PAPERWORK IN A DIGITAL AGE
Posted by Rachel Holland on March 21 2023 in News
The pandemic and the electronic age have significantly impacted the way we use documents. When it comes to knowing what documents must be kept in their original form, there is considerable confusion.
Anti-Money Laundering and Countering Financing of Terrorism legislation (AML) has intensified a client’s need to understand the difference between original, certified, and verified documents. So, let me clarify where this stands in 2023:
The list of documents that must be kept in their original form which have evidence of being signed by a pen (also known as wet-ink signature) has been reduced over the years. There were temporary exceptions made during the Covid period due to the inability to meet in person. However, those exceptions have now been lifted. The current list is as follows:
- Memorandum of Wishes.
- Enduring Powers of Attorney.
- Powers of Attorney — Deed of Delegation.
- Leases (and all associated variations) and occupational licenses until the final expiry date, and seven years afterward.
- Trust documents (note that under the new trust law, there is now an obligation for the trustees of the trust to keep original core documents relating to the trust):
- Trust deed (and any other document that contains terms of the trust).
- Any variations made to the trust.
- Records of the trust property.
- Records of trustee decisions.
- Any written contracts entered into during the trustee's trusteeship.
- Accounting records / financial statements.
- Documents of appointment, removal, and discharge of trustees.
- Any letter or memorandum of wishes.
All other documents can be signed, scanned, and filed in electronic format and the original destroyed. They can also be electronically signed, subject to certain requirements being met.
Copies – Certified and Verified
If you are required to provide a copy of an original document to a third party, then you have two options.
You can take the document to a third party who will sight the original and make a copy of it – either by video (usually reserved for identification documents such as passports) or in person. A copy of the original is generally taken and signed by trusted personnel employed by the third party. This is called a verified document and the employee’s signature verifies that the copy is a true copy of the original document. It does not verify that the original document was genuine, e.g., passport or visa.
You can take the original document to a person who meets the requirements of a person qualified to certify a document according to the law of the country where the third party resides (common examples are lawyers and Notary Public). This is called certification. The original will be photocopied, stamped, and signed by a qualified person as a certified true copy of the original. This original certified copy must then be posted to the third party to retain.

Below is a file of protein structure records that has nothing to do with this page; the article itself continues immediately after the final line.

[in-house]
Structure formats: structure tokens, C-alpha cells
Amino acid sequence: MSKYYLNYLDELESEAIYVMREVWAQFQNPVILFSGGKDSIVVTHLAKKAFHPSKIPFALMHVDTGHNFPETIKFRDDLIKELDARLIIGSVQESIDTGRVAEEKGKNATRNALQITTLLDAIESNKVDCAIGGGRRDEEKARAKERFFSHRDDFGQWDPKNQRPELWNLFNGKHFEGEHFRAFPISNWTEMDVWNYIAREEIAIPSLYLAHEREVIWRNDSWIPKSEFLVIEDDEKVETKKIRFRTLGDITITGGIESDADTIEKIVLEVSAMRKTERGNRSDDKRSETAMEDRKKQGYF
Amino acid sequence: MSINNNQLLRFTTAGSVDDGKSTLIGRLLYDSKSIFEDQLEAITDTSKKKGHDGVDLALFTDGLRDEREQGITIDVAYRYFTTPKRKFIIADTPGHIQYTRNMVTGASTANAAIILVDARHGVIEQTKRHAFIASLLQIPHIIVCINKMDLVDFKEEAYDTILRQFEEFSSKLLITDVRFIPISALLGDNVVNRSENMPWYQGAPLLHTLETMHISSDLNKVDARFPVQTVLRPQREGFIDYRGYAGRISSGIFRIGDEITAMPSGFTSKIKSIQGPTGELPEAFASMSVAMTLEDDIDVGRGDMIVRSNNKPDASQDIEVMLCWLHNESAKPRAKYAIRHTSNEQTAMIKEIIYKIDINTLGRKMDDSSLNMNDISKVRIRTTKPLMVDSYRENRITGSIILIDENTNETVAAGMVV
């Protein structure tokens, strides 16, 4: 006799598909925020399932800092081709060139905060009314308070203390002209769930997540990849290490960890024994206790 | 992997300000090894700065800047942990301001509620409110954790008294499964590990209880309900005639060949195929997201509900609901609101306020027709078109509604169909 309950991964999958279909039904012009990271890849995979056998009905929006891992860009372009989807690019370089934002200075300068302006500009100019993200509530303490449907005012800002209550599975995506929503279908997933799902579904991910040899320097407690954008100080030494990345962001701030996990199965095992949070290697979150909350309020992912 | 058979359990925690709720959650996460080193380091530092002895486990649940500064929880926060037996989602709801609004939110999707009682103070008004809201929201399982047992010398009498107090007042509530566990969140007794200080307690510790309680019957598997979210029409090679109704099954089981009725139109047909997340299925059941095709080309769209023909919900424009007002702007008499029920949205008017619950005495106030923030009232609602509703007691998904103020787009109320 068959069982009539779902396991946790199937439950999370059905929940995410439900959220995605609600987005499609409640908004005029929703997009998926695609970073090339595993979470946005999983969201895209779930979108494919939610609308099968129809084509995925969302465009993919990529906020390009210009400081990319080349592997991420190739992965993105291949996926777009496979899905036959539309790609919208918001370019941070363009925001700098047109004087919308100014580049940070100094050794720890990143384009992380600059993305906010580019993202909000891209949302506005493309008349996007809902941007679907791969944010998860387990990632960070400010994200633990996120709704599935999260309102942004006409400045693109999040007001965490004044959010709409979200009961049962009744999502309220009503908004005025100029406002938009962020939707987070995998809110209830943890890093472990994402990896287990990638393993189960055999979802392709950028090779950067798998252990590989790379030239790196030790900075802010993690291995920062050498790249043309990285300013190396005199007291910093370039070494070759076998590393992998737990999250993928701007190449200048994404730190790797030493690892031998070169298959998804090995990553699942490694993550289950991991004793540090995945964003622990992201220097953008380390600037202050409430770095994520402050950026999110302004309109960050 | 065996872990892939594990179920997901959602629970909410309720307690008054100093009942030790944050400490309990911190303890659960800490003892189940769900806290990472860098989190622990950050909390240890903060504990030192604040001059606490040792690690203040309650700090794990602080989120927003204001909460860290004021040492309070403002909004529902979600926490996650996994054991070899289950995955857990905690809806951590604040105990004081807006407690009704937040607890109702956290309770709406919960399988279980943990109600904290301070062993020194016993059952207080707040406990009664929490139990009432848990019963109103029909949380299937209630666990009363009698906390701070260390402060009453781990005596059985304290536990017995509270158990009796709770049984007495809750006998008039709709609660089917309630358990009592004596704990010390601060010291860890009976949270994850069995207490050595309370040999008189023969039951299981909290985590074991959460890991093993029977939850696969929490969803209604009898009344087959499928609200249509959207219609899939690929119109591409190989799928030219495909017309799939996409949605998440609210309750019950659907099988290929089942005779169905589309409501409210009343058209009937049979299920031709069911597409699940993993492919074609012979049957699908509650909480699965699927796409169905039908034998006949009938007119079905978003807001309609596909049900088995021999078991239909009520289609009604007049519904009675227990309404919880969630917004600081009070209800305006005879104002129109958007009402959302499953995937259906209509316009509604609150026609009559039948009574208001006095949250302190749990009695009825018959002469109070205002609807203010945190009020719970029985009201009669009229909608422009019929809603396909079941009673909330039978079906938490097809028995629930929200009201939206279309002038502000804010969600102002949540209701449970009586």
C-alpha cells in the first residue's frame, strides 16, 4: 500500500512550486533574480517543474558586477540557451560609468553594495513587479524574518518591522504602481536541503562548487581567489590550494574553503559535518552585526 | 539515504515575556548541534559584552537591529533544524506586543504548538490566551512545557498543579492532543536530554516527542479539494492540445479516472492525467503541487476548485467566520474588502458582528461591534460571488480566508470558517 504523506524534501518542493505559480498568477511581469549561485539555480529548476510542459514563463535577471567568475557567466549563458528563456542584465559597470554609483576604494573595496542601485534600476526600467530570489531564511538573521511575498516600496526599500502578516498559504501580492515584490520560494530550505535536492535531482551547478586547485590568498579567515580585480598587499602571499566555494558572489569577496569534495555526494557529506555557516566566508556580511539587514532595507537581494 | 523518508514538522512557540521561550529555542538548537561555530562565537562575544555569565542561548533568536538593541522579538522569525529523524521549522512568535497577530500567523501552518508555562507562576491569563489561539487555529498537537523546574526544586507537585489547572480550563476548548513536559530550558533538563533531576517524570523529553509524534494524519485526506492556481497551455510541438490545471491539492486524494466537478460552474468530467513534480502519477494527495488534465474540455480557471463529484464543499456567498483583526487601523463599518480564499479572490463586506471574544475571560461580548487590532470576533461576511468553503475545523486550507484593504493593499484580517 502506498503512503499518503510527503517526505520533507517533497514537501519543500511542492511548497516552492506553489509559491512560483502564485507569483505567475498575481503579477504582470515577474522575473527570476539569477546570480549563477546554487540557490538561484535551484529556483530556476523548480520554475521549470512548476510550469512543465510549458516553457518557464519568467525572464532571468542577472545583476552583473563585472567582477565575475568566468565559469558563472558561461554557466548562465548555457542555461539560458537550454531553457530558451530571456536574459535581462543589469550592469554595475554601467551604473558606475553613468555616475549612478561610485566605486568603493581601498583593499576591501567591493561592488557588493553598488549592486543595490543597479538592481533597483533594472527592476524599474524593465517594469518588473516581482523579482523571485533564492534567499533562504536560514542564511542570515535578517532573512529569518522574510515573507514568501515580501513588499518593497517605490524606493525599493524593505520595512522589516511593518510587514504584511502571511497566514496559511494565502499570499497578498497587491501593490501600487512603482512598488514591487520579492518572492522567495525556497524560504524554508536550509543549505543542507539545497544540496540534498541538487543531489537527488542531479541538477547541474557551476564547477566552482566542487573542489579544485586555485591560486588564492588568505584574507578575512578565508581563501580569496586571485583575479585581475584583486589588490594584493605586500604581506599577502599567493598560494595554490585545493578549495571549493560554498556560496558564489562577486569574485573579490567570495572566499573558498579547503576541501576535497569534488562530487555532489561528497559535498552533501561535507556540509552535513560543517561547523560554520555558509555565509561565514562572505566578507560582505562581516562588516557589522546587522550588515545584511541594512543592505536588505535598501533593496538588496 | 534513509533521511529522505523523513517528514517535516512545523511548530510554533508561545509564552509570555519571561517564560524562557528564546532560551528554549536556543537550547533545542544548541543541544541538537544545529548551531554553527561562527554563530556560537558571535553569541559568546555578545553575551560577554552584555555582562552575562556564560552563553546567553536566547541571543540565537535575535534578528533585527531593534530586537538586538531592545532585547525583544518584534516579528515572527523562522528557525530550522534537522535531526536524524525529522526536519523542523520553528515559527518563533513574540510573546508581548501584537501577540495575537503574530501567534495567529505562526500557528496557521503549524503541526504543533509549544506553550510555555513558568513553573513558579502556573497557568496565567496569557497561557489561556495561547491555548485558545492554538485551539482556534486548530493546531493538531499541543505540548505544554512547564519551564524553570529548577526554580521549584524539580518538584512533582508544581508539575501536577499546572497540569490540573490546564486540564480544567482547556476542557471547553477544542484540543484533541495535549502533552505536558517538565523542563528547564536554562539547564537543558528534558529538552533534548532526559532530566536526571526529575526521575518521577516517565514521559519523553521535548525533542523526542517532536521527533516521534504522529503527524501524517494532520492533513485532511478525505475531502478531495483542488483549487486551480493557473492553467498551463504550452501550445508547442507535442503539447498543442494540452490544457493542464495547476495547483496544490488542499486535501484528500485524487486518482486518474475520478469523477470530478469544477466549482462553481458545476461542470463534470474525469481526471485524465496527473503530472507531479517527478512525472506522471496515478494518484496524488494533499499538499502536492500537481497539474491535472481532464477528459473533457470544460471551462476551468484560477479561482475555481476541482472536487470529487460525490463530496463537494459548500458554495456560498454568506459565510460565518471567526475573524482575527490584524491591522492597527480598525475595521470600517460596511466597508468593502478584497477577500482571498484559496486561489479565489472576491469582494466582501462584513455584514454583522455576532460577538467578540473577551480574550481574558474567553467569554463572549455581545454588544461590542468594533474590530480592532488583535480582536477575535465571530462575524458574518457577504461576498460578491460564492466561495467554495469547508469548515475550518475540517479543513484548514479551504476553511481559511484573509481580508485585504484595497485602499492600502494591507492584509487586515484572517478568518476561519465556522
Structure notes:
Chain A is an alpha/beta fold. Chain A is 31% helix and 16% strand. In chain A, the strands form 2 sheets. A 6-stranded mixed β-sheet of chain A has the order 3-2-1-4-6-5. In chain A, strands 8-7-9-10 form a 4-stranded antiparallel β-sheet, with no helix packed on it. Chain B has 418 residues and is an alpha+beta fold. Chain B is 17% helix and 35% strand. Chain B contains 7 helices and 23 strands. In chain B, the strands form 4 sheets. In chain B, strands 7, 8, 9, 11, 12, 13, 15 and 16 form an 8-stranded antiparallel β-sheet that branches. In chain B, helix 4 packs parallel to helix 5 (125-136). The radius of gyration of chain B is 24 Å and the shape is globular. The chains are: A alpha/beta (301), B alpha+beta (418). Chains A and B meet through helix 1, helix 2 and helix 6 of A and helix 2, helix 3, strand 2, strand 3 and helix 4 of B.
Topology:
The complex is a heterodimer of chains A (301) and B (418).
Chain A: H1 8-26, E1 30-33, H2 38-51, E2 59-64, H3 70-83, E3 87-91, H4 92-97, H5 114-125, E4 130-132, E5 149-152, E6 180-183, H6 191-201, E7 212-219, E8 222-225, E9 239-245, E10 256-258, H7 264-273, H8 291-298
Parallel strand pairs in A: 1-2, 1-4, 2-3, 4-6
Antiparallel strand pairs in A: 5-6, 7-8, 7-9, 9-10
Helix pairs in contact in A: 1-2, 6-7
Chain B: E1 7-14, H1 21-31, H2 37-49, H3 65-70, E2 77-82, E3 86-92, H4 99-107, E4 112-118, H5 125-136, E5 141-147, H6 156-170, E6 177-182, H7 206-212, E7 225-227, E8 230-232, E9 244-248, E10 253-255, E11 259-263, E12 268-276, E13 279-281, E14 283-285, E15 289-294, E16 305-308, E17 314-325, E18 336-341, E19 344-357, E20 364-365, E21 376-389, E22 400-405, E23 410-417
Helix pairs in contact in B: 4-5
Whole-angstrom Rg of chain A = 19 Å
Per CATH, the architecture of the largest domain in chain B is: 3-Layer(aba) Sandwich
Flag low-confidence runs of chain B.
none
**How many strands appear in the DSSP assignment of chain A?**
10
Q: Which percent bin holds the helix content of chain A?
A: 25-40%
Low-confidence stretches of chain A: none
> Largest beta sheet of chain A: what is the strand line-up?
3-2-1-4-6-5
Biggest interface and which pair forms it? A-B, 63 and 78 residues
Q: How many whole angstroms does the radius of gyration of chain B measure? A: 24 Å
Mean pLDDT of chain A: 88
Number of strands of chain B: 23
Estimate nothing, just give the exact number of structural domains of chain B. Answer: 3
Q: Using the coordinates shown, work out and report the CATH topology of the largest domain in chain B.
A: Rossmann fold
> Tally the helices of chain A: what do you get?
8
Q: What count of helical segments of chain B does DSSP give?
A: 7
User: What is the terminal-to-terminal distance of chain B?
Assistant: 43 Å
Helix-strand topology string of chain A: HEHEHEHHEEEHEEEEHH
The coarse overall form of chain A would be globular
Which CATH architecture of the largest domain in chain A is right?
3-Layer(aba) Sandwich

When supplying certified or verified copies of documents as evidence of identity, photographic identification must also be included. The documents must then be provided to the certifier and/or verifier by the person seeking identification to ensure the photo is a true likeness of the person. This can be done by video if necessary.
Proof of address
And finally, verification of a residential address is usually a requirement. The person being identified is asked to supply a utility bill (or similar) with the person’s name and address on it, thereby proving the person’s place of residence.
But in today’s world where the bills are usually provided by email, it’s often very difficult to provide an original document that isn’t simply a pdf. One option is to provide a bank statement that has been stamped as a legitimate document by your bank. Another option is to provide your address and allow the third party to run this through an electronic verification check. This will check Land Information New Zealand, power company, council rates, water rates, and databases and return a “pass” or “fail”. In some cases, using electronic verification will avoid the need to have verified or certified copies of the identity documents (simple copies will suffice). However, note that electronic verification is not possible where the person has an overseas passport or resides overseas.
Address information is most commonly provided for AML due diligence purposes and is therefore a third-party “know-your-client” risk assessment as to how far the third party is required to go to meet their AML Supervisor’s threshold for adequate verification. For lawyers, we may have visited the client at their address, particularly in cases where clients reside in retirement villages, which happens frequently and needs to be noted.
Hopefully, this has been a helpful succinct summary of what is acceptable regarding the retention and provision of original documents. If you are unsure, please speak to the third party to clarify what their specific requirements are.
Rachel Holland | Practice Director | Rachel.Holland@shieffangland.co.nz
This paper gives a general overview of the topics covered and is not intended to be relied upon as legal advice.